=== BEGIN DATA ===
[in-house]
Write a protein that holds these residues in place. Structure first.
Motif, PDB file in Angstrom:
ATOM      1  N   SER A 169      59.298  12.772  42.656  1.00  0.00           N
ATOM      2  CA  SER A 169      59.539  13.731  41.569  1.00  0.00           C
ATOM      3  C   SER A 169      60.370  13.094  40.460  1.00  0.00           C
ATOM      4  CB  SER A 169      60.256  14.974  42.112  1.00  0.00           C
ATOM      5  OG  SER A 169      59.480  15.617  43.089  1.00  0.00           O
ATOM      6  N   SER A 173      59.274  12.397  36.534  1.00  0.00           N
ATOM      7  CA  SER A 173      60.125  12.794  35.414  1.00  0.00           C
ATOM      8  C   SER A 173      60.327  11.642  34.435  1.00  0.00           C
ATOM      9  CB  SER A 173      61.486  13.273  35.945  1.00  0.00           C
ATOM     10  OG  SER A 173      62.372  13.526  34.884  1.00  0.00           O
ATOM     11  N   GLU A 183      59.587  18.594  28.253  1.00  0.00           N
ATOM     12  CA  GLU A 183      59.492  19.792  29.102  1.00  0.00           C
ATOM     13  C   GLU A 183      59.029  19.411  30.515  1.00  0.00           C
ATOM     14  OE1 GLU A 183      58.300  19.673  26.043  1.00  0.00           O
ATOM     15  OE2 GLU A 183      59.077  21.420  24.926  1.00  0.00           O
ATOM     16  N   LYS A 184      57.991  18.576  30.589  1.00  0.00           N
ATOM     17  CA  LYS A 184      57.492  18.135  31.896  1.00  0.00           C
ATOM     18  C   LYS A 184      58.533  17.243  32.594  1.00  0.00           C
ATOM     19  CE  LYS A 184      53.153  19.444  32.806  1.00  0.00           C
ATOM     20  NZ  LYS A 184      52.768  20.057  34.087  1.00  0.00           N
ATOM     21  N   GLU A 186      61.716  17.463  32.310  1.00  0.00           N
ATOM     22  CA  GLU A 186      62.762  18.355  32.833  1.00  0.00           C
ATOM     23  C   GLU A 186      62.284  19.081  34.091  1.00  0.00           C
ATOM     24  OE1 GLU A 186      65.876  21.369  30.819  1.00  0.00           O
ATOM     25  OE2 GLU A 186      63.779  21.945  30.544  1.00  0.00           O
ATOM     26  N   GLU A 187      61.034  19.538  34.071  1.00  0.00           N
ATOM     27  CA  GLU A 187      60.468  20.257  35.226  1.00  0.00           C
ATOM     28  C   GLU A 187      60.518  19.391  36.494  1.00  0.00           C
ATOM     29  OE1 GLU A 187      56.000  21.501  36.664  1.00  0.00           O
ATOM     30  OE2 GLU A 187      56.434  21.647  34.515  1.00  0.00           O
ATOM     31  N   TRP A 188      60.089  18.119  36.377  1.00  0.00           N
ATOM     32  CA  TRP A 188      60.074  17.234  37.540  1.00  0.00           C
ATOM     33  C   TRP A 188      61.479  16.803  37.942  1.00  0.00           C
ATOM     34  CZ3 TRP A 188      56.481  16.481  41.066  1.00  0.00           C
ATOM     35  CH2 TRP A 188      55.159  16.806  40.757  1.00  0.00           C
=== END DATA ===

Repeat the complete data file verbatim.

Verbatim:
[in-house]
Write a protein that holds these residues in place. Structure first.
Motif, PDB file in Angstrom:
ATOM      1  N   SER A 169      59.298  12.772  42.656  1.00  0.00           N
ATOM      2  CA  SER A 169      59.539  13.731  41.569  1.00  0.00           C
ATOM      3  C   SER A 169      60.370  13.094  40.460  1.00  0.00           C
ATOM      4  CB  SER A 169      60.256  14.974  42.112  1.00  0.00           C
ATOM      5  OG  SER A 169      59.480  15.617  43.089  1.00  0.00           O
ATOM      6  N   SER A 173      59.274  12.397  36.534  1.00  0.00           N
ATOM      7  CA  SER A 173      60.125  12.794  35.414  1.00  0.00           C
ATOM      8  C   SER A 173      60.327  11.642  34.435  1.00  0.00           C
ATOM      9  CB  SER A 173      61.486  13.273  35.945  1.00  0.00           C
ATOM     10  OG  SER A 173      62.372  13.526  34.884  1.00  0.00           O
ATOM     11  N   GLU A 183      59.587  18.594  28.253  1.00  0.00           N
ATOM     12  CA  GLU A 183      59.492  19.792  29.102  1.00  0.00           C
ATOM     13  C   GLU A 183      59.029  19.411  30.515  1.00  0.00           C
ATOM     14  OE1 GLU A 183      58.300  19.673  26.043  1.00  0.00           O
ATOM     15  OE2 GLU A 183      59.077  21.420  24.926  1.00  0.00           O
ATOM     16  N   LYS A 184      57.991  18.576  30.589  1.00  0.00           N
ATOM     17  CA  LYS A 184      57.492  18.135  31.896  1.00  0.00           C
ATOM     18  C   LYS A 184      58.533  17.243  32.594  1.00  0.00           C
ATOM     19  CE  LYS A 184      53.153  19.444  32.806  1.00  0.00           C
ATOM     20  NZ  LYS A 184      52.768  20.057  34.087  1.00  0.00           N
ATOM     21  N   GLU A 186      61.716  17.463  32.310  1.00  0.00           N
ATOM     22  CA  GLU A 186      62.762  18.355  32.833  1.00  0.00           C
ATOM     23  C   GLU A 186      62.284  19.081  34.091  1.00  0.00           C
ATOM     24  OE1 GLU A 186      65.876  21.369  30.819  1.00  0.00           O
ATOM     25  OE2 GLU A 186      63.779  21.945  30.544  1.00  0.00           O
ATOM     26  N   GLU A 187      61.034  19.538  34.071  1.00  0.00           N
ATOM     27  CA  GLU A 187      60.468  20.257  35.226  1.00  0.00           C
ATOM     28  C   GLU A 187      60.518  19.391  36.494  1.00  0.00           C
ATOM     29  OE1 GLU A 187      56.000  21.501  36.664  1.00  0.00           O
ATOM     30  OE2 GLU A 187      56.434  21.647  34.515  1.00  0.00           O
ATOM     31  N   TRP A 188      60.089  18.119  36.377  1.00  0.00           N
ATOM     32  CA  TRP A 188      60.074  17.234  37.540  1.00  0.00           C
ATOM     33  C   TRP A 188      61.479  16.803  37.942  1.00  0.00           C
ATOM     34  CZ3 TRP A 188      56.481  16.481  41.066  1.00  0.00           C
ATOM     35  CH2 TRP A 188      55.159  16.806  40.757  1.00  0.00           C